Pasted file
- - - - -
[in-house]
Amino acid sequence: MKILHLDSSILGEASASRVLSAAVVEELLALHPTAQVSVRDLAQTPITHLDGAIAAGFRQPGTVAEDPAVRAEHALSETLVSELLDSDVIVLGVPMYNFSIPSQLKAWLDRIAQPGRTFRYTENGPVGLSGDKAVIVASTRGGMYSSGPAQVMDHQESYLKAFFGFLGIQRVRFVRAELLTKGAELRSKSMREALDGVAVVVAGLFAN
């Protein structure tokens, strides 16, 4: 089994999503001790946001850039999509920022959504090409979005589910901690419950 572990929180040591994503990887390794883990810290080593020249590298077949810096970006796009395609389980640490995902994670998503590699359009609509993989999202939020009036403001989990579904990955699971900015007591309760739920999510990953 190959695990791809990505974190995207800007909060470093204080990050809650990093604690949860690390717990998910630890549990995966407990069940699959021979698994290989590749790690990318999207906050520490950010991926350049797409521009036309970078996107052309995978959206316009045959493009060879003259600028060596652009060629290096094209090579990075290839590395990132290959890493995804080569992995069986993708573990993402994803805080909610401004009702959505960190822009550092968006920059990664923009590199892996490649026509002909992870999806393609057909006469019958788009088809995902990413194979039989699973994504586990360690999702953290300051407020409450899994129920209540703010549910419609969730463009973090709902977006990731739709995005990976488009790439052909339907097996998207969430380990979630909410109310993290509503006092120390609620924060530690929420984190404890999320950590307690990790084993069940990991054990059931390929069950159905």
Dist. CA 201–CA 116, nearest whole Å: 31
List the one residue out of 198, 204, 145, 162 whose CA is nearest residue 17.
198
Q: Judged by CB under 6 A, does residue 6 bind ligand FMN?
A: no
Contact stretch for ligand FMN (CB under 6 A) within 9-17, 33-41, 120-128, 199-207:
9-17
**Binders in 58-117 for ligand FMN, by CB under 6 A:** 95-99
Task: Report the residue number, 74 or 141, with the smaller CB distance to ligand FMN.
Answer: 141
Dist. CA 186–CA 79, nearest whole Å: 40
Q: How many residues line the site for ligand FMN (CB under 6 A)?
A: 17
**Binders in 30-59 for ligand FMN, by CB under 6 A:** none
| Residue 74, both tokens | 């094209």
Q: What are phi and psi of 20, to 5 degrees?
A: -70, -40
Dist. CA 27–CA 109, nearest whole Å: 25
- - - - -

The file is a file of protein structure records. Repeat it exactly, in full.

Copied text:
[in-house]
Amino acid sequence: MKILHLDSSILGEASASRVLSAAVVEELLALHPTAQVSVRDLAQTPITHLDGAIAAGFRQPGTVAEDPAVRAEHALSETLVSELLDSDVIVLGVPMYNFSIPSQLKAWLDRIAQPGRTFRYTENGPVGLSGDKAVIVASTRGGMYSSGPAQVMDHQESYLKAFFGFLGIQRVRFVRAELLTKGAELRSKSMREALDGVAVVVAGLFAN
């Protein structure tokens, strides 16, 4: 089994999503001790946001850039999509920022959504090409979005589910901690419950 572990929180040591994503990887390794883990810290080593020249590298077949810096970006796009395609389980640490995902994670998503590699359009609509993989999202939020009036403001989990579904990955699971900015007591309760739920999510990953 190959695990791809990505974190995207800007909060470093204080990050809650990093604690949860690390717990998910630890549990995966407990069940699959021979698994290989590749790690990318999207906050520490950010991926350049797409521009036309970078996107052309995978959206316009045959493009060879003259600028060596652009060629290096094209090579990075290839590395990132290959890493995804080569992995069986993708573990993402994803805080909610401004009702959505960190822009550092968006920059990664923009590199892996490649026509002909992870999806393609057909006469019958788009088809995902990413194979039989699973994504586990360690999702953290300051407020409450899994129920209540703010549910419609969730463009973090709902977006990731739709995005990976488009790439052909339907097996998207969430380990979630909410109310993290509503006092120390609620924060530690929420984190404890999320950590307690990790084993069940990991054990059931390929069950159905």
Dist. CA 201–CA 116, nearest whole Å: 31
List the one residue out of 198, 204, 145, 162 whose CA is nearest residue 17.
198
Q: Judged by CB under 6 A, does residue 6 bind ligand FMN?
A: no
Contact stretch for ligand FMN (CB under 6 A) within 9-17, 33-41, 120-128, 199-207:
9-17
**Binders in 58-117 for ligand FMN, by CB under 6 A:** 95-99
Task: Report the residue number, 74 or 141, with the smaller CB distance to ligand FMN.
Answer: 141
Dist. CA 186–CA 79, nearest whole Å: 40
Q: How many residues line the site for ligand FMN (CB under 6 A)?
A: 17
**Binders in 30-59 for ligand FMN, by CB under 6 A:** none
| Residue 74, both tokens | 């094209």
Q: What are phi and psi of 20, to 5 degrees?
A: -70, -40
Dist. CA 27–CA 109, nearest whole Å: 25